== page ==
As much as I’m poking fun at Highlander, I can see why it still has a devoted fan base. The premise boils down so much of what’s at the heart of many fantasy stories to its essence, allowing us to imagine ourselves as an un-killable badass who spends centuries in a high-stakes game of tag (with plenty of time in between to bed a series of beautiful women). And it’s as visually striking as ever, with many shots that easily be blown up and framed next to a black light poster of a dragon in a stoner’s basement. Some genre favourites from the ’80s have aged well, while others are embarrassing to revisit; Highlander, which was never considered a “great” movie, remains as shamelessly entertaining as it ever was. Revisited 30 years later, it’s easy to see why, in Talladega Nights, Ricky Bobby referred to it as having won the Academy Award for Best Movie Ever Made.

Note: My star rating does not reflect Queen’s contributions to the movie’s soundtrack. The Queen songs get five stars.

Special Features

Dan Owen asses the extra features available on the new 30th Anniversary 4k Restoration DVD & Blu-ray.

Disc 1

  • Interview with Director Russell Mulcahy (22:06). This is a sit-down with the director of Highlander, years later, who discusses how he got involved and how this film became his breakthrough to Hollywood.
  • Audio Commentary with Director Russell Mulcahy. If you’re so inclined, you can listen to the director give his thoughts on the film second-by-second, although the most interesting anecdotes are already outlined in the previous extra.
  • Interview with Christopher Lambert (19:44). I haven’t paid much attention to what the actor’s been doing lately, so it was a little shocking to see him looking so thin and grey these days. The actor gives his thoughts on his most famous role and how he got involved, plus why the themes of the script resonated with him.

Disc 2

  • The Making of Highlander: This is a featurette produced for German television, helpfully split into different segments on the disc.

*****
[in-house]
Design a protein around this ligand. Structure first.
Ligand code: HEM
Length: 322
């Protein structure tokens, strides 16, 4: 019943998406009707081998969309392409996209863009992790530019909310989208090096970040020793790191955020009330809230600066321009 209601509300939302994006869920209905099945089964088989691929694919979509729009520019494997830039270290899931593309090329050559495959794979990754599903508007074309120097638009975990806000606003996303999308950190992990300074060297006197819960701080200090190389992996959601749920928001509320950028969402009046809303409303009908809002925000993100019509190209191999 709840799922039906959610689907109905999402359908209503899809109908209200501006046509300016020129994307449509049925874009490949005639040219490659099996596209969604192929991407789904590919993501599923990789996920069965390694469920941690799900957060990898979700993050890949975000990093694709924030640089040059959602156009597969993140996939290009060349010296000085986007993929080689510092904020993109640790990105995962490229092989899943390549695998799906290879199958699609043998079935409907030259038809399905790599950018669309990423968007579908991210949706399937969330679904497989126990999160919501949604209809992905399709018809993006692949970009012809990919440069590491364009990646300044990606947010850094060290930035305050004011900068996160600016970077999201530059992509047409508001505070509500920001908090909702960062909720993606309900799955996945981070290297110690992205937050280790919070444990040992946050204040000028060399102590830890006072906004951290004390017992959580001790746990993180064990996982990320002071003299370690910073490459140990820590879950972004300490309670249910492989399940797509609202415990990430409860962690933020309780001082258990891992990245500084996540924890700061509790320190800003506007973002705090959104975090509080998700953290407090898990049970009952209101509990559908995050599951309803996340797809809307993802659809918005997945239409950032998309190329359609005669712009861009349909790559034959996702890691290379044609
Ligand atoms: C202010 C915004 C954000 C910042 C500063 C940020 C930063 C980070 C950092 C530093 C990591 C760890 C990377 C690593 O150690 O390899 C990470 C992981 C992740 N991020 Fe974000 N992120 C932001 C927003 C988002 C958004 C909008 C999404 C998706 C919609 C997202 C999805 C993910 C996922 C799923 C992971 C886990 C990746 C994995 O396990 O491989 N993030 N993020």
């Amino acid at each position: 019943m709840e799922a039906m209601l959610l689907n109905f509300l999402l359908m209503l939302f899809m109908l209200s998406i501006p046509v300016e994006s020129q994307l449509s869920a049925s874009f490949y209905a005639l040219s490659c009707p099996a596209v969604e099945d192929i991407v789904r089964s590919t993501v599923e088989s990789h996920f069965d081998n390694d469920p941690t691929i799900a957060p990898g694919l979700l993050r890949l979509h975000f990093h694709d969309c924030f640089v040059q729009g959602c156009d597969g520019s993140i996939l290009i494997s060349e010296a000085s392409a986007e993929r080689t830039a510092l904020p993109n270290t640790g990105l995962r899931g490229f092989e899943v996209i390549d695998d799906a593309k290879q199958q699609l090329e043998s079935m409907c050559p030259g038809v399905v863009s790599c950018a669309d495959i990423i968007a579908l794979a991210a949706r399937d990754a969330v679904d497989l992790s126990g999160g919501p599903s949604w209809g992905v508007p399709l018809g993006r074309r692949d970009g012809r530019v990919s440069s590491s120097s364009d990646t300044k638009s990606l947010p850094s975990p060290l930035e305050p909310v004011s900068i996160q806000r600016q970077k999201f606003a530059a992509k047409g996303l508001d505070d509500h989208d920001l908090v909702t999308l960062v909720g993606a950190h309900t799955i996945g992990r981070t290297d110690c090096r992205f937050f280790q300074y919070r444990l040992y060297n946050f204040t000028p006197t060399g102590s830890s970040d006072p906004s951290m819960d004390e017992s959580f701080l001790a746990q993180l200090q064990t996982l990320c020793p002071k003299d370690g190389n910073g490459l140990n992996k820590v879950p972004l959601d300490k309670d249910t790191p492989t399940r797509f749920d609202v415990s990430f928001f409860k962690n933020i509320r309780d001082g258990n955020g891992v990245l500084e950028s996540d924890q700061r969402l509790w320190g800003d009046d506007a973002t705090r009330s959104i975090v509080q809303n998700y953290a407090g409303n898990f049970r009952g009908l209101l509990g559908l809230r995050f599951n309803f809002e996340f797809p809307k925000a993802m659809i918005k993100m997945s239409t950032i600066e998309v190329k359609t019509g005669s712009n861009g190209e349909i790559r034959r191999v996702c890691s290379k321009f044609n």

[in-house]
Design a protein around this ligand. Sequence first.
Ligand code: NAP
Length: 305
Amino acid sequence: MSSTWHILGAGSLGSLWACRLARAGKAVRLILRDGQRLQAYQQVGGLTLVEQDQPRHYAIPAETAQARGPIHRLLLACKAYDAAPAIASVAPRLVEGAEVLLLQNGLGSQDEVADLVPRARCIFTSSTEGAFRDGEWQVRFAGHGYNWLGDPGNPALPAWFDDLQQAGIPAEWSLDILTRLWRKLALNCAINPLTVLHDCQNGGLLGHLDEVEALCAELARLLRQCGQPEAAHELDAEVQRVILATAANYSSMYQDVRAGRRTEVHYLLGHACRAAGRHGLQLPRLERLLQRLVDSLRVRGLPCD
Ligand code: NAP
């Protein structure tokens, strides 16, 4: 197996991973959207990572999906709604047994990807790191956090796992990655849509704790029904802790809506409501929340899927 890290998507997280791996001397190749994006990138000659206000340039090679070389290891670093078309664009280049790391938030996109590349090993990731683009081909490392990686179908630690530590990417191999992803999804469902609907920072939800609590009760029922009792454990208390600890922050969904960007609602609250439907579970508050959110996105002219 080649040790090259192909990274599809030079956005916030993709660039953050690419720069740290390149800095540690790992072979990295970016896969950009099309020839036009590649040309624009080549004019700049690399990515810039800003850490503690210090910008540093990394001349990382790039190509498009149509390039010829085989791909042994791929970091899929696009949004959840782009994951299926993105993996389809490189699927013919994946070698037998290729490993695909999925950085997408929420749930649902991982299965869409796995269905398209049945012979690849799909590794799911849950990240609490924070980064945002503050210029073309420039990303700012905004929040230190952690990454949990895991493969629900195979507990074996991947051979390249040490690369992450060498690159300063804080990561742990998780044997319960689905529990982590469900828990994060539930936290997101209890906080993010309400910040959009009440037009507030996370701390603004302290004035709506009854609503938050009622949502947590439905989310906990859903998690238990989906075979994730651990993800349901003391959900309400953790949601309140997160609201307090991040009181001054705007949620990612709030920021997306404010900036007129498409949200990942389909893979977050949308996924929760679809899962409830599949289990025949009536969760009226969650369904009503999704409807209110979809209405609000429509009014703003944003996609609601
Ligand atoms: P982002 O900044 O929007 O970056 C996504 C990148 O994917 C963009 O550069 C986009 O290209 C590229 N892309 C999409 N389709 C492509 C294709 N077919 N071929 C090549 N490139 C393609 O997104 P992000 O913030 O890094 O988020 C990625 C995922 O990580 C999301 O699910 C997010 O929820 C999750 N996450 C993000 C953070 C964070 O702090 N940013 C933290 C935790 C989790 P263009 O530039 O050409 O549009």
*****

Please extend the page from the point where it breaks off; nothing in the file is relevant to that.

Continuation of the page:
• A Legend is Born (29:13) covers the origin of Highlander, from the perspective of writer Gregory Widen, who seems a little frustrated the finished product was less serious than his 1982 film school screenplay, and Peter Bellwood, who was brought in to add romance and humour with writing partner Larry Ferguson.
    • The Visual Style (40:03) goes into the cinematography of Highlander with Director of Photography Gerry Fisher and set decorator Allan Cameron.
    • A Strong Woman (15:15) is the most personable chapter of this featurette, with Roxanne Hart recollecting her experiences of working on the Highlander set.
    • The Producers Point of View (30:30) finds William Panzer, who’s also been involved with much of the Highlander sequels and spin-offs, giving his thoughts on his the original film came together and why it still stands up today.
  • Deleted Scenes (5:58). A collection of deleted scenes, mostly just extended shots of existing scenes, all set to the soundtrack of Cutthroat Island (a little joke there?)
  • Archival Interview with Christopher Lambert (8:32). Not unlike the previous interview, but in French with subtitles.
  • Trailer (2:25). For connoisseurs of 1980s trailers and their general poorness.

Cast & Crew

director: Russell Mulcahy.

writers: Gregory Widen, Peter Bellwood & Larry Ferguson (story by Gregory Widen).

starring: Christopher Lambert, Roxanne Hart, Clancy Brown & Sean Connery.